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Mitsuharu Misawa vs Akira Taue (AJPW Excite Series 02/28/93)

AJPW Excite Series February 28 1993 Mitsuharu Misawa Akira Taue 4* Budokan Hall

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#1 Loss

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Posted 17 February 2011 - 11:24 PM

Talk about it here.



#2 Loss

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Posted 13 March 2011 - 11:28 PM

This wasn't the classic I hoped it would be, so I was a little disappointed, but it's still a great match. It's just not at the level of other All Japan matches of the year. Taue isn't useless, but this is a Misawa performance through and through, as he's the one pacing and carrying the match, and feeding Taue his big spots. In that regard, it's interesting to see Misawa work his magic, and that's what makes this match stand out to me. It's a great Misawa performance, and Taue looks better going out than he did coming in. One thing Taue definitely has going for him though is a sense of timing. He is really good at timing his kickouts for maximum dramatic effect, just inching up at the very last possible millisecond. So while it's not blowaway awesome, it's every bit as good as it needed to be, and it's an interesting match for many reasons.

#3 Ditch

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Posted 13 March 2011 - 11:48 PM

I don't think anyone called this a 'classic', and it's REALLY hurt by having to follow Hansen vs Kawada. What I like is the solidness of it. Taue seems a bit sharper than he was in '92, a bit more in control of his own body. You get a sense that he's not 'there' yet, but coming along. Definitely agreed on Misawa in this.

#4 Loss

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Posted 13 March 2011 - 11:51 PM

I know no one has called this a classic, but I've always believed in Taue. He wasn't at the level of the other three, but very few wrestlers are. Even during this period, he's top 20 in the world.

#5 Loss

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Posted 14 March 2011 - 07:01 AM

I know no one has called this a classic, but I've always believed in Taue. He wasn't at the level of the other three, but very few wrestlers are. Even during this period, he's top 20 in the world.


So I slept on that comment and I don't think that Taue is top 20 in the world during that time.

Maybe I'll put together a wrestler's list when I'm done.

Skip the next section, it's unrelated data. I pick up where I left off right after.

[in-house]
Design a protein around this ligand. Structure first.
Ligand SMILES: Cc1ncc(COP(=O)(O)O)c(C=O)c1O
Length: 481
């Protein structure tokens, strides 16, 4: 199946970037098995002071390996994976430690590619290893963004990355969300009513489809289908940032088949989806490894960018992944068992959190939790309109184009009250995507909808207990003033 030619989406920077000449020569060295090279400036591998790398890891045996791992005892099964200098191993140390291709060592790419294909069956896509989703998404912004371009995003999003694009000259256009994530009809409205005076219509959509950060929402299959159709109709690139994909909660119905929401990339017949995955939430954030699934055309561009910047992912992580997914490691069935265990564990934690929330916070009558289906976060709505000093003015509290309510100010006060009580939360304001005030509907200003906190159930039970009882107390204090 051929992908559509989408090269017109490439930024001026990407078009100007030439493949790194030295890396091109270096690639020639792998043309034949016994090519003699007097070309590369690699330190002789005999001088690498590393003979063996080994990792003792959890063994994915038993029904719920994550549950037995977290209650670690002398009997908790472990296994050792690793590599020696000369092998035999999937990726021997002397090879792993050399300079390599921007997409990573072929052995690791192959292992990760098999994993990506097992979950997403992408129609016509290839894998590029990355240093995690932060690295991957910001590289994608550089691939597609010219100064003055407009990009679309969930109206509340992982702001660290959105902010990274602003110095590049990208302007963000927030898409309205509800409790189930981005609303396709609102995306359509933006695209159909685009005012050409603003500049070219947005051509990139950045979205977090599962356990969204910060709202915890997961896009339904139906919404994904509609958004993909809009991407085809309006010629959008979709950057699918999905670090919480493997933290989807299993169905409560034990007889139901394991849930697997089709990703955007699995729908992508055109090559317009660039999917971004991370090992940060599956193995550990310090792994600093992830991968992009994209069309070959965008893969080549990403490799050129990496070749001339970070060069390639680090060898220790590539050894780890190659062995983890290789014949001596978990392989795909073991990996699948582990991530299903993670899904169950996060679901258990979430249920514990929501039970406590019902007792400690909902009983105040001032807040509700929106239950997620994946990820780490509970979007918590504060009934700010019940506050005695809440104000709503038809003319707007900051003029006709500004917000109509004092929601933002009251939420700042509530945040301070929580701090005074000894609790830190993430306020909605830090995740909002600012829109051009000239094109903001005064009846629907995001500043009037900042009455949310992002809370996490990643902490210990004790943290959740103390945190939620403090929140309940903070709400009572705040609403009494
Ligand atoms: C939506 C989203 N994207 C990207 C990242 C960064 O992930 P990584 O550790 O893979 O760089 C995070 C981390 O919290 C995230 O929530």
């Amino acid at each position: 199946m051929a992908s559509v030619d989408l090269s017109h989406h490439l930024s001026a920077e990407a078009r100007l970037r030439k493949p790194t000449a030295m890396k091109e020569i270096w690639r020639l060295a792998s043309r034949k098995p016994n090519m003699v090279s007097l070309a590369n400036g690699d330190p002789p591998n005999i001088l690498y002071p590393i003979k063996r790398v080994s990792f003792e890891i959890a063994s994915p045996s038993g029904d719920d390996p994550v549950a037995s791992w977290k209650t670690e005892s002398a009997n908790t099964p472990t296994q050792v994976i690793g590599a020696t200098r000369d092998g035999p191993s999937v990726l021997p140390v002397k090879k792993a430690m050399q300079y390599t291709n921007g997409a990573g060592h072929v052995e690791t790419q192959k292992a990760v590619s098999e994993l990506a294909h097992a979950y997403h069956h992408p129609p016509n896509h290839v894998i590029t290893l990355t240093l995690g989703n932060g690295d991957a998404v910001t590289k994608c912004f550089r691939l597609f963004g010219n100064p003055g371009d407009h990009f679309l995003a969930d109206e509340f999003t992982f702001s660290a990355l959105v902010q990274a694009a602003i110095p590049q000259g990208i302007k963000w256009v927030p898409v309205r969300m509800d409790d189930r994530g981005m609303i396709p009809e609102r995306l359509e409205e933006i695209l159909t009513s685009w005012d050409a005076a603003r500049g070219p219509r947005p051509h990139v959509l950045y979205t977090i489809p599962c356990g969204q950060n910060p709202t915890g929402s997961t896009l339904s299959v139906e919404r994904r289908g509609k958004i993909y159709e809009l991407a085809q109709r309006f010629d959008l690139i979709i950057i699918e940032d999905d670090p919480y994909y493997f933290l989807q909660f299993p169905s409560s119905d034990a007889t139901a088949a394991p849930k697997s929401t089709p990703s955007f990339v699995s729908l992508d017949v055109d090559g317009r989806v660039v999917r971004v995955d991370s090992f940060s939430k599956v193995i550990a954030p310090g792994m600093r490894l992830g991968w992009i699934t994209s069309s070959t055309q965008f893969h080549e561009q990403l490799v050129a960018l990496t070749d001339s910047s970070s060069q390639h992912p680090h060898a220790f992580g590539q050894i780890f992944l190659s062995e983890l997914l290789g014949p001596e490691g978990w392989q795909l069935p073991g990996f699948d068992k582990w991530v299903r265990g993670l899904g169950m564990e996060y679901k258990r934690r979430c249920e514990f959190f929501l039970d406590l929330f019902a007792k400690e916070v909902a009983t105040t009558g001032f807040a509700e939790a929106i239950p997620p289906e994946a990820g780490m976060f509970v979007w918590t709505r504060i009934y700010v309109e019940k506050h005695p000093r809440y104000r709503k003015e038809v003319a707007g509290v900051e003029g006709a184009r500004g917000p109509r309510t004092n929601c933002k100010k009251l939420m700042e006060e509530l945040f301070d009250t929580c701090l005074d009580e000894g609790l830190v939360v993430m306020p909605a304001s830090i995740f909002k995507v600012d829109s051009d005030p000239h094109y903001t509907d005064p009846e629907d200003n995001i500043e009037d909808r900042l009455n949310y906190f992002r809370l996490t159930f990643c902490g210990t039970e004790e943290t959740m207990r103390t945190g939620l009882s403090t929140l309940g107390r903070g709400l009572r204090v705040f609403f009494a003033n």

#6 MJH

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Posted 14 March 2011 - 07:36 AM

This might be the first "Misawa By Numbers" match. I'm not sure exactly where I have it on the Misawa/Taue scale; obviously the 95 Final is #1, I probably have the '97 match at two even with the dodgy finish, and I'm unsure as to whether this or 9/95 is third. Still, it's a very strong match, and an easy MOTYC today. It's testament to AJ at this point (and for the next x years) that this probably isn't a Top 20 match for them. But still pretty great.

#7 Ditch

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Posted 14 March 2011 - 10:24 AM

I'm a huge Taue mark but I don't think he was top 20. He was barely even top ten for AJ.

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Posted 14 March 2011 - 03:37 PM

I'm a huge Taue mark but I don't think he was top 20. He was barely even top ten for AJ.


Agreed. As soon as I said that, I wanted to retract it. I wasn't thinking about people like Hiroshi Hase, who didn't have the output of Taue in '93 but was considerably better. Now I am motivated to rank my top 50 (or 100, depending on my mood) wrestlers for the year at the end of '93 based on what is on this set, pretty much only because I want to see where Taue does fall.

#9 jdw

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Posted 14 March 2011 - 04:44 PM

The tricky part is that you're basing it on the set. Probably would help to see stuff like Taue vs Bossman (and Kobashi vs Bossman for that matter) to get a bit more realistic placement of him. Even stuff like the tags and sixmans in the second half of the year where Kawada & Taue are on one side and Hansen & Ted are on the other. It's pretty noticable when Ted is in how far things slide. But it's kind of noticable when *anyone* other than the Kawada-Hansen match up is in there that things are pretty so-so. Or the reverse: a match is kind of blowing, then Hansen and Kawada happen to be in and you quickly remember they're fucking awesome... and wish it was longer than a short segment. I think Taue is helped by the narrowness of the set. As odd as it sounds, Kobashi is *hurt* by the narrowness of the year, even if people end up putting him #1. Those singles matches of his that I mentioned earlier... you get the depth of his year. Then mix in the six mans were he's always up to something. In later years his stomping on the rest of matches with his go-go-go could be annoying. Here, he's trying to establish himself (those singles with Taue, Gordy, Misawa, Kawada, Hansen, Doc) and also later moving from #3 to #2. Pretty much what Jun did in 1996, except that Kobashi doesn't really need Misawa's help in shining: he just does. Doc might be hurt a little as his two matches with Kawada are out, and they're pretty much his signature singles of the first part of the year along with the Gordy. Well, and the Hansen match that was pretty flat. :) The six-mans once Gordy was out also reflect a bit that he's stepping it up: he's clearly the #1 guy on his side, where as Gordy was there before. The natives sell their ass off for him... and overtime he develops a strong persona as a top guy. 1994 is a peak, but stepping into Gordy's place for that September challenge, and holding up his end of the deal for a match that was a solid enough Budokan main... he seemed to grow from that. I do wonder where people would rank Kroffat in the All Japan context if they saw the match with Kobashi. It's a match that with All Japan's rigid slotting system no one thinks Kroffat is winning. So to draw heat from it takes some effort. Been a long time since I've seen it, but I recall it being a fun little Carny match. John